By Stelios Orphanides
Moody’s Investors Service said that Cyprus’ economy will continue to expand at a fast pace which in turn is likely to help borrowers’ repayment capacity and support the value of assets and new lending, helping banks improve their performance and reduce their non-performing loans stock.
“We have maintained our positive outlook for the Cypriot banking system,” said Melina Skouridou, a Moody’s assistant vice president and analyst who authored a related report. “In our view, Cyprus’ economy will expand robustly, helping to improve the banks’ weak asset quality, as well as boosting their profits and capital”.
The report, ‘Banking System Outlook: Cyprus – economic recovery to reduce high stock of problem loans, driving our positive outlook’ is available on the rating company’s website.
The Cypriot economy, which last year expanded 3.9 per cent compared to 3 per cent the year before, is expected to grow 3.5 per cent this year and 2.8 per cent in 2019, Moody’s which assigned Cyprus a Ba3 rating, which is three notches into the speculative area, said. Tourism, the recovering real estate market and the “resilient domestic consumption” will be the drivers for growth, which is expected to further help reduce the unemployment rate that in January fell for the first time in six years into the single digit area.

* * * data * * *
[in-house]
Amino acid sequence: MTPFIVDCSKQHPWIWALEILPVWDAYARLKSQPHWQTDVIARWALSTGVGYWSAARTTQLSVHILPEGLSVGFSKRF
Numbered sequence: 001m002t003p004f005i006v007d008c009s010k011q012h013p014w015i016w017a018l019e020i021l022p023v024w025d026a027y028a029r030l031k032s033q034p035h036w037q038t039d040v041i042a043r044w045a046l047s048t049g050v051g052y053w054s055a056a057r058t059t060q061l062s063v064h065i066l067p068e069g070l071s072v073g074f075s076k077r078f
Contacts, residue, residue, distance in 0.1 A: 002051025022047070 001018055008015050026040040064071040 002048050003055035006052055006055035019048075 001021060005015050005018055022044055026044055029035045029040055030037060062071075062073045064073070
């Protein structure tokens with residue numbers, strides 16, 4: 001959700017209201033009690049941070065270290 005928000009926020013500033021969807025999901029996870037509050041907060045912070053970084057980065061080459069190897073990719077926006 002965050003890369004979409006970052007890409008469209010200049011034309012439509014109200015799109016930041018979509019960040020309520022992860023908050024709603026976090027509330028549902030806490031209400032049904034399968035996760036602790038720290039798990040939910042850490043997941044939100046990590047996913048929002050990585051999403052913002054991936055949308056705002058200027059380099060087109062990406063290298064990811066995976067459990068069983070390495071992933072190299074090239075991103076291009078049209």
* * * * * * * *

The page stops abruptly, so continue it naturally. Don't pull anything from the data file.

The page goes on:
Still, “high private-sector indebtedness will limit growth opportunities for banks,” which are struggling with a €20bn mountain of non-performing loans, accounting more than two fifths of their loan portfolio, Moody’s added.
“Banks will continue to make progress on restructuring troubled loans and selling real-estate collateral, leading to further improvement in their still weak loan quality,” Moody’s continued, adding that it expects the combined delinquent portfolio of Bank of Cyprus, Cyprus Cooperative Bank and Hellenic Bank to drop to below 38 per cent by the end of the year from around 45 per cent in September.
In addition, “the domestic Cypriot banks are expected to report modest profits in 2018, owing to lower provisioning costs,” of up to €100m this year after an expected loss of up to €700m last year, the company said. This would allow a modest growth of the lenders’ capital buffers over the outlook horizon.
“But their capital remains vulnerable because of the high stock of non-performing loans that are not covered by cash provisions,” Moody’s added.